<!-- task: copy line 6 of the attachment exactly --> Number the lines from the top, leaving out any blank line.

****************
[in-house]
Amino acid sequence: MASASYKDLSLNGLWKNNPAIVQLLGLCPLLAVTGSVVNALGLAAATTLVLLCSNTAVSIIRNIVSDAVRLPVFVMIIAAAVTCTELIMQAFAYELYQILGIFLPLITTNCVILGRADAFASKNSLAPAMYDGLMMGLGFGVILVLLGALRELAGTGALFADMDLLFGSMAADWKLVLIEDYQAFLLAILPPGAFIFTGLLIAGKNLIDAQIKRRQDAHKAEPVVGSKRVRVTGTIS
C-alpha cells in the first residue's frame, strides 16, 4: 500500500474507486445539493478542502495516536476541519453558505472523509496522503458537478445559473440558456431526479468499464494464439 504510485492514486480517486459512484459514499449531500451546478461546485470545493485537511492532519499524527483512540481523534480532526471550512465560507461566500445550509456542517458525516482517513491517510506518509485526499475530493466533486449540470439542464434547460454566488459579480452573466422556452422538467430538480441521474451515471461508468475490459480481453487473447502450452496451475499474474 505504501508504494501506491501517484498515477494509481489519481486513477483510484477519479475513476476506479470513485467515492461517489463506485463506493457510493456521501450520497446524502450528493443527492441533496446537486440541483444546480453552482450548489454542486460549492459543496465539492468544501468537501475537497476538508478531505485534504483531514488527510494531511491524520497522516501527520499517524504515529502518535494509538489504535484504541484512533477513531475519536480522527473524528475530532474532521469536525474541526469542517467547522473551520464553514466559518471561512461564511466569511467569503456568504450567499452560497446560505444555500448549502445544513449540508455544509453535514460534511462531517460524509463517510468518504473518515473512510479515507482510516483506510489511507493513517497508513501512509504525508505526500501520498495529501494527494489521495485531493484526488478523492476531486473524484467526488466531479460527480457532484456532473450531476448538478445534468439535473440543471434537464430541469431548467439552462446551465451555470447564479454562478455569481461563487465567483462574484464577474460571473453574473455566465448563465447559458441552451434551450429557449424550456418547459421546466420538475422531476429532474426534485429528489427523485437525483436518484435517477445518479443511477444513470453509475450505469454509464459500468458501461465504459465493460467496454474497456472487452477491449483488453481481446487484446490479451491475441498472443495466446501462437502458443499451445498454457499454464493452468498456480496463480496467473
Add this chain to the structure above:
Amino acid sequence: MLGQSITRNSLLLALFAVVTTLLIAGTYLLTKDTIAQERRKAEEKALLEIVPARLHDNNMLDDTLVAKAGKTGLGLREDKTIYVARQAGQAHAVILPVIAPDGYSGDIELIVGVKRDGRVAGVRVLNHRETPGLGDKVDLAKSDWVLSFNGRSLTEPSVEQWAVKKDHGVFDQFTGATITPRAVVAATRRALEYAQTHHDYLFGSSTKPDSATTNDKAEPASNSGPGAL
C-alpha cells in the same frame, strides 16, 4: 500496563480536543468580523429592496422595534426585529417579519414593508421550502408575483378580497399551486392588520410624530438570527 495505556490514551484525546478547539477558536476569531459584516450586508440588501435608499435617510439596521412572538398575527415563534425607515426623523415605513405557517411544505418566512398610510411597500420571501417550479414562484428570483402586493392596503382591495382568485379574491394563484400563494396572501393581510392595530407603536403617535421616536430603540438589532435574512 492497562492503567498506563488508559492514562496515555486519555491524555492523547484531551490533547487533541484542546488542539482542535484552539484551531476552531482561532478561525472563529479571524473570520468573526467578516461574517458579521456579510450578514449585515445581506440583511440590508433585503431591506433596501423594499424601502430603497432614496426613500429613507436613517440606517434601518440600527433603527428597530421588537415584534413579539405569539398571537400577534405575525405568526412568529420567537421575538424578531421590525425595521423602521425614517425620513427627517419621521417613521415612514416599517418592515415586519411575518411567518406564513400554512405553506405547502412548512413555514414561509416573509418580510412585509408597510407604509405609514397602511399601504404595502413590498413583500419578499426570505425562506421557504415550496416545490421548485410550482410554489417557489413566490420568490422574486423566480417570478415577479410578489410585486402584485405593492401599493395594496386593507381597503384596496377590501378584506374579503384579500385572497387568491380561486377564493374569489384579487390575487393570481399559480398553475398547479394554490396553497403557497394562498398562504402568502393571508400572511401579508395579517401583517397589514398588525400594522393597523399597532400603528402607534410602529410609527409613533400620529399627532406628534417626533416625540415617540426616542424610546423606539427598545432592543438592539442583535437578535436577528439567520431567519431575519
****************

C-alpha cells in the same frame, strides 16, 4: 500496563480536543468580523429592496422595534426585529417579519414593508421550502408575483378580497399551486392588520410624530438570527 495505556490514551484525546478547539477558536476569531459584516450586508440588501435608499435617510439596521412572538398575527415563534425607515426623523415605513405557517411544505418566512398610510411597500420571501417550479414562484428570483402586493392596503382591495382568485379574491394563484400563494396572501393581510392595530407603536403617535421616536430603540438589532435574512 492497562492503567498506563488508559492514562496515555486519555491524555492523547484531551490533547487533541484542546488542539482542535484552539484551531476552531482561532478561525472563529479571524473570520468573526467578516461574517458579521456579510450578514449585515445581506440583511440590508433585503431591506433596501423594499424601502430603497432614496426613500429613507436613517440606517434601518440600527433603527428597530421588537415584534413579539405569539398571537400577534405575525405568526412568529420567537421575538424578531421590525425595521423602521425614517425620513427627517419621521417613521415612514416599517418592515415586519411575518411567518406564513400554512405553506405547502412548512413555514414561509416573509418580510412585509408597510407604509405609514397602511399601504404595502413590498413583500419578499426570505425562506421557504415550496416545490421548485410550482410554489417557489413566490420568490422574486423566480417570478415577479410578489410585486402584485405593492401599493395594496386593507381597503384596496377590501378584506374579503384579500385572497387568491380561486377564493374569489384579487390575487393570481399559480398553475398547479394554490396553497403557497394562498398562504402568502393571508400572511401579508395579517401583517397589514398588525400594522393597523399597532400603528402607534410602529410609527409613533400620529399627532406628534417626533416625540415617540426616542424610546423606539427598545432592543438592539442583535437578535436577528439567520431567519431575519